Working With Imperfection Page 2
Dodging And Burning
The brightest white in a print is at most about 180 times as bright as the darkest black: the brightness range is 180:1. A negative can easily record a brightness range of 1000:1 and with reduced development it can handle 10,000:1 and beyond.
Some people mistakenly believe that you should be able to compress the subject brightness range, no matter what it is, onto the paper. This takes no account of how we scan a scene, with the iris of the eye constantly adjusting to different light levels. It is much more natural, with most subjects, to dodge or hold back the shadows locally, while burning in or darkening the highlights. A "difficult" negative may need no more than localized dodging or burning to get an excellent print, even at a normal grade. Remember, too, that with VC papers you can use different grades in different parts of the print.
If there is a lot of detail in the lightest tones of a picture, but you still need plenty of detail in the other tones, a useful trick is often "pre-flashing." This involves giving a very weak uniform exposure to the paper before printing it, to overcome its "inertia": I use a second enlarger, with no negative in the carrier, raised high on the column and well stopped down.
Determine the intensity of the uniform exposure by making a test strip across a range that runs from no tone at all to the faintest of grays: typically 1-2-3-4-5 seconds at f/16. The last exposure that gives no tone at all, or the one before it, is the one to use for a pre-flash.
All right: you have a print with pure whites, good blacks, and a full range of tones in between--and you still don't like it. What went wrong?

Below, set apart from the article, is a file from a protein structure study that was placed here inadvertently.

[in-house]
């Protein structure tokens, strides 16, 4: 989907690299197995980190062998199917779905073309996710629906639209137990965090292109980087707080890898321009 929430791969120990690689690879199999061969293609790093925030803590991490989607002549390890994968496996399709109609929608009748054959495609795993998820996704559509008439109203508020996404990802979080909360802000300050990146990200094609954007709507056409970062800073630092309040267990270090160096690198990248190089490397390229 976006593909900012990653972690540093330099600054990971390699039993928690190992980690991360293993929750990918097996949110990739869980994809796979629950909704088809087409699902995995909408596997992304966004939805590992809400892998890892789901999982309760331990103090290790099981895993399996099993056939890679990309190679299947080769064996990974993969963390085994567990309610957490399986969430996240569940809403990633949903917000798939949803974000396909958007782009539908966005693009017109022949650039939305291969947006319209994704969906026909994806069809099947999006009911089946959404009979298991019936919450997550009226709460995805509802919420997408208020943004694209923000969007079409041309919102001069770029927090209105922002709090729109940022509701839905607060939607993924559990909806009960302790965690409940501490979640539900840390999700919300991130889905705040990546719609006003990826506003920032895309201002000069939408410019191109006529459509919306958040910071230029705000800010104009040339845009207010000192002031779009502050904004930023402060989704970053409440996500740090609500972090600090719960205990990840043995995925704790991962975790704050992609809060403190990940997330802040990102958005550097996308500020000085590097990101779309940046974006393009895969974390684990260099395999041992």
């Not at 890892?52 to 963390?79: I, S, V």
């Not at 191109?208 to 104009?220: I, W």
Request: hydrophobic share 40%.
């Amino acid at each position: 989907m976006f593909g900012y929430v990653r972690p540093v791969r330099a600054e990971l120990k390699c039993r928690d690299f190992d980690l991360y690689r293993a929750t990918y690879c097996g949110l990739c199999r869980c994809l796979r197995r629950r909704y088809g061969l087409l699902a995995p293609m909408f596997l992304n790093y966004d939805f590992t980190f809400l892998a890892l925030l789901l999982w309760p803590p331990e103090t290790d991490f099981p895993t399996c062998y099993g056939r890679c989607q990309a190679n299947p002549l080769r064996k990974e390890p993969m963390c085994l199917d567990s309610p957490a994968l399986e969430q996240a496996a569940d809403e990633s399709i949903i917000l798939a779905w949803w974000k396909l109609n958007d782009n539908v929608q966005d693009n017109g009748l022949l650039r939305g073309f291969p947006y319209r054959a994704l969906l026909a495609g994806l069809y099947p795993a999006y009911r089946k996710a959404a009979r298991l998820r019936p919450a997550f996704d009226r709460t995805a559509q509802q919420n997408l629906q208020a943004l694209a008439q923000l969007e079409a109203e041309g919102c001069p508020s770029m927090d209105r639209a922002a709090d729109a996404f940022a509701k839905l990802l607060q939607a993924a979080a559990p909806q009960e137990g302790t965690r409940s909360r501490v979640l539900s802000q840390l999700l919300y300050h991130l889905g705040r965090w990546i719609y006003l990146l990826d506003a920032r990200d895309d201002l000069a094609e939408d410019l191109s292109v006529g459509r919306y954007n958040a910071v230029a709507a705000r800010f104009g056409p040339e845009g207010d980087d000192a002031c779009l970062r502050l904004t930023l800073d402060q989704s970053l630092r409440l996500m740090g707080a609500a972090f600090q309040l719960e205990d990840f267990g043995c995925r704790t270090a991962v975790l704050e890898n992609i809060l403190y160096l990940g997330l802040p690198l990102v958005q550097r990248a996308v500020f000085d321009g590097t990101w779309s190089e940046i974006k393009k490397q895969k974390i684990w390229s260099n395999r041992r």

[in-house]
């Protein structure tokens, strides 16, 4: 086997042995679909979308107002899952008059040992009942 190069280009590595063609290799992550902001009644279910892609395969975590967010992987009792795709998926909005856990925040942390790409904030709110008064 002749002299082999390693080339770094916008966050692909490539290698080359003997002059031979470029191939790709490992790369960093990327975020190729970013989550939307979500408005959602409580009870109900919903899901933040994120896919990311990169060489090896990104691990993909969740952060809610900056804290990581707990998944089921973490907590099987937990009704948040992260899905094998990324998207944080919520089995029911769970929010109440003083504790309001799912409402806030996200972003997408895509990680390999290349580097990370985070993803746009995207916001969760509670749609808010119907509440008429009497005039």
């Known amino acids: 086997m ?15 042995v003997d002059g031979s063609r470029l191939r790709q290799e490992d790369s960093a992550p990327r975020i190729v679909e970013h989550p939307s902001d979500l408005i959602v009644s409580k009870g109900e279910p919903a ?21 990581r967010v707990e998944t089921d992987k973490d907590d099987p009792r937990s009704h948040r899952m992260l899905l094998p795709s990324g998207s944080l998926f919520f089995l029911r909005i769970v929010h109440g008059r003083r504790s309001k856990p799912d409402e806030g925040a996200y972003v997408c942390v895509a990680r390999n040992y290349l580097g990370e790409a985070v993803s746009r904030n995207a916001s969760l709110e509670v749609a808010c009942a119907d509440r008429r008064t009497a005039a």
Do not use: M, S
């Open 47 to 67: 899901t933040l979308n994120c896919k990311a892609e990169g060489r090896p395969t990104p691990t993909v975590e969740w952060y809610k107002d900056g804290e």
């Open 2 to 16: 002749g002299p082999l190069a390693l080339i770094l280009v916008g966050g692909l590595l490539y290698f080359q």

Here, we are in the most nebulous area of print quality: tonality. Good tonality is easy to recognize, but hard to describe. To be brutal, bad tonality is even easier to recognize.
The main reasons for bad tonality are poor exposure; poor development; and a bad negative-paper match. This is an article about printing what you have, so there is not much point in saying a great deal about the first two. On the other hand, it is worth remembering that underexposure leads to far more problems than overexposure, while at the development stage, overdevelopment is the most common problem. It is also true that some developers suit some films much better than others. If your chosen film-developer combination doesn't give you tonality you like, try something else. Again, it's a question of knowing when to quit. The aim of photography is to get good pictures, not to purify the soul through suffering.
Back to the paper. If one paper won't give you the tonality you like, try another: another make entirely, or another kind of paper from the same manufacturer. Each paper has its own characteristic curve, its own way of rendering shadows, mid tones, and highlights, and it can be astonishing how much difference this can make. Some film-paper combinations "sing"; others may also sing, but out of tune and flat. Even if you standardize on one paper, keep another--as different as possible--for those negatives where you don't like the tonality on your regular paper.
With less-than-perfect negatives, it is often a question of compromise, experimenting, and perhaps settling for a print that is "good enough" rather than absolutely right. But you may also find, in the course of your experiments, that some of your prints from "hard-to-print" negatives are actually better than you used to get from your "good" negatives. At the very least, you'll be learning to print better, and to be more critical, and that will stand you in better stead even with your most perfect negatives.